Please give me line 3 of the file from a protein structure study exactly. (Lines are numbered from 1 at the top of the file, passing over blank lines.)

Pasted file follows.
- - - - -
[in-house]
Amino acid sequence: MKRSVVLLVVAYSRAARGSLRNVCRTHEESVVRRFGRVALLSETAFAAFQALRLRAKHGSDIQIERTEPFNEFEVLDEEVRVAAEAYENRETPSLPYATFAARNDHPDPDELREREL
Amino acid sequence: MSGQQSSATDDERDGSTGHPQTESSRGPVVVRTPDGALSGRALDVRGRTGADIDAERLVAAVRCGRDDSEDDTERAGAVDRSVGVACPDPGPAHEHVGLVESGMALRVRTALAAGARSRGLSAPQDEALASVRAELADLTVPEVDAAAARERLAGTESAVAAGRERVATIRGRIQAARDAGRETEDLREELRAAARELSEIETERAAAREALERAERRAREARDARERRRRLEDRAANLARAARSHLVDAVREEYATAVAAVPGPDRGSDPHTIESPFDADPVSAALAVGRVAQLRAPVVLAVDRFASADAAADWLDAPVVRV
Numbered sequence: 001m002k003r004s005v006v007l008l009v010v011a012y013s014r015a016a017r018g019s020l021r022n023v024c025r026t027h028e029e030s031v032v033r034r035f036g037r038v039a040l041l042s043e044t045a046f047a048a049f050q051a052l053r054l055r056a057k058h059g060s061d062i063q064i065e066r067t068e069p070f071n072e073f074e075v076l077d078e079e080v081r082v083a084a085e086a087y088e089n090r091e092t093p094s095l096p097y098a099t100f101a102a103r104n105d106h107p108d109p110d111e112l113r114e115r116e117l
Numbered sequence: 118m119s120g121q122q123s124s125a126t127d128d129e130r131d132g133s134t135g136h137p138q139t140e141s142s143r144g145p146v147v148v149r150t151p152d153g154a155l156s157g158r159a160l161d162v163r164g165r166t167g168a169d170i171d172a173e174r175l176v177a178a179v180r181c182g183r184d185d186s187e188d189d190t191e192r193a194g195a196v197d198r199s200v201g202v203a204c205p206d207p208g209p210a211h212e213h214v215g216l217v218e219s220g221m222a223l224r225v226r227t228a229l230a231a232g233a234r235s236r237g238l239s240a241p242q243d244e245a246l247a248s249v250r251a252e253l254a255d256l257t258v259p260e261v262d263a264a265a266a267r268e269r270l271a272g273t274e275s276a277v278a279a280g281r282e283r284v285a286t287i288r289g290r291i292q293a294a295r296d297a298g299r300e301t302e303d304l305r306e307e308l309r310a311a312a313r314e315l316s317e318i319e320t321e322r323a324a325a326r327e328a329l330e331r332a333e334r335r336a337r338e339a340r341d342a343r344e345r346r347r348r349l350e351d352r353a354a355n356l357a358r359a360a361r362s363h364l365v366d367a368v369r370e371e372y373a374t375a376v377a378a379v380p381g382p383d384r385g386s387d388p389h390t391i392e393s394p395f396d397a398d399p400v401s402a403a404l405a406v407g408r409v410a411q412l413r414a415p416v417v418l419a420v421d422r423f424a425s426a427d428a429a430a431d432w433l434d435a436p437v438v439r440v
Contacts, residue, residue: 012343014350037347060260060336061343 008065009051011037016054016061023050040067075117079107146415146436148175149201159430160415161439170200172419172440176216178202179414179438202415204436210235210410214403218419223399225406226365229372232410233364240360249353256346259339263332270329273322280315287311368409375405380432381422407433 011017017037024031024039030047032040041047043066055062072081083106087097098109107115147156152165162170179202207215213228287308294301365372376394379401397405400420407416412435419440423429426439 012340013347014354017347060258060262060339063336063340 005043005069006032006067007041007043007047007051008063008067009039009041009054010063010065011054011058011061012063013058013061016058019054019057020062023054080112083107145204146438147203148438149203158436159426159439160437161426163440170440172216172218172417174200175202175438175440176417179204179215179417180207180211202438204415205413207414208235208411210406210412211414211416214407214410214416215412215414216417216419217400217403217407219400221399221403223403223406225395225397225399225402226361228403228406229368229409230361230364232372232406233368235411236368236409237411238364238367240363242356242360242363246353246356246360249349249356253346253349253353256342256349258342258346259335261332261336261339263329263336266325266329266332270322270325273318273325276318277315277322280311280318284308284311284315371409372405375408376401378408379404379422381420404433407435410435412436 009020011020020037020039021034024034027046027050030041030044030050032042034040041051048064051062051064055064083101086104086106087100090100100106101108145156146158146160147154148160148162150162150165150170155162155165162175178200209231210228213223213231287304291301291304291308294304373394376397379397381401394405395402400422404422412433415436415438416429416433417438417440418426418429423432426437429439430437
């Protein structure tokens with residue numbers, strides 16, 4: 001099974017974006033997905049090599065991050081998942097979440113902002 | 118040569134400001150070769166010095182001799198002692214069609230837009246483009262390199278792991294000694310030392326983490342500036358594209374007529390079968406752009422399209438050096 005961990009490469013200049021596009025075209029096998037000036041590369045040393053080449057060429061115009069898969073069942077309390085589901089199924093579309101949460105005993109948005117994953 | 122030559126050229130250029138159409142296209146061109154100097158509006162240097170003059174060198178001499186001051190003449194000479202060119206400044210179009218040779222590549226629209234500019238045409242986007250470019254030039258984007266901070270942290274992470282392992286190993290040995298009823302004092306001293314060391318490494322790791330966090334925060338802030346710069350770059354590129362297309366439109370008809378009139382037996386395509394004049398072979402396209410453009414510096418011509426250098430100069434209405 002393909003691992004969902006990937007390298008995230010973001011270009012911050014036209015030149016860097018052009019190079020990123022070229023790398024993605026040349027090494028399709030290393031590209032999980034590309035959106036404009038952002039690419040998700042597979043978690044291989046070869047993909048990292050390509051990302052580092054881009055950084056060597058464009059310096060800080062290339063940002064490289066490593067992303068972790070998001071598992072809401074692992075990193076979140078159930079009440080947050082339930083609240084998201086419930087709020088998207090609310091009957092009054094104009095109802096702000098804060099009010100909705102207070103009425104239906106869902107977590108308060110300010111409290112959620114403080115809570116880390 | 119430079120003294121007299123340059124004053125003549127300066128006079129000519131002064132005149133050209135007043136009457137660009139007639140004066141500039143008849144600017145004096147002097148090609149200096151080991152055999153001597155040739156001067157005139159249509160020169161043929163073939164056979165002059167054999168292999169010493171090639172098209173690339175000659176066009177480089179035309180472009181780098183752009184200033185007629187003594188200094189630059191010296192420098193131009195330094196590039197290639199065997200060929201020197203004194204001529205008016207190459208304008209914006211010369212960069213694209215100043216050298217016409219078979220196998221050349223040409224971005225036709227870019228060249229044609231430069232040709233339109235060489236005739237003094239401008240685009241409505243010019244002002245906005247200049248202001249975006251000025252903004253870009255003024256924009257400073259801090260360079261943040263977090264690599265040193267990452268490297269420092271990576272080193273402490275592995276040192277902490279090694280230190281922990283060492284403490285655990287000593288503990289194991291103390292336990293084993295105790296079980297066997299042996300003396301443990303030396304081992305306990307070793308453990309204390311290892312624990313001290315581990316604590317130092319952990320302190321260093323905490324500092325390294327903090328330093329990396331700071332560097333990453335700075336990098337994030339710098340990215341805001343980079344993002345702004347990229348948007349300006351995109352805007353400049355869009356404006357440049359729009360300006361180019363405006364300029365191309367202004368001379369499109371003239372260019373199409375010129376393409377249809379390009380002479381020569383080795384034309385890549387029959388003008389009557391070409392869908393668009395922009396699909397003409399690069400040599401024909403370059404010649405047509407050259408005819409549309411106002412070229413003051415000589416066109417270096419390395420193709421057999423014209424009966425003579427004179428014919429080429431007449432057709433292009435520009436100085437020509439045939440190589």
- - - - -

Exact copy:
Amino acid sequence: MSGQQSSATDDERDGSTGHPQTESSRGPVVVRTPDGALSGRALDVRGRTGADIDAERLVAAVRCGRDDSEDDTERAGAVDRSVGVACPDPGPAHEHVGLVESGMALRVRTALAAGARSRGLSAPQDEALASVRAELADLTVPEVDAAAARERLAGTESAVAAGRERVATIRGRIQAARDAGRETEDLREELRAAARELSEIETERAAAREALERAERRAREARDARERRRRLEDRAANLARAARSHLVDAVREEYATAVAAVPGPDRGSDPHTIESPFDADPVSAALAVGRVAQLRAPVVLAVDRFASADAAADWLDAPVVRV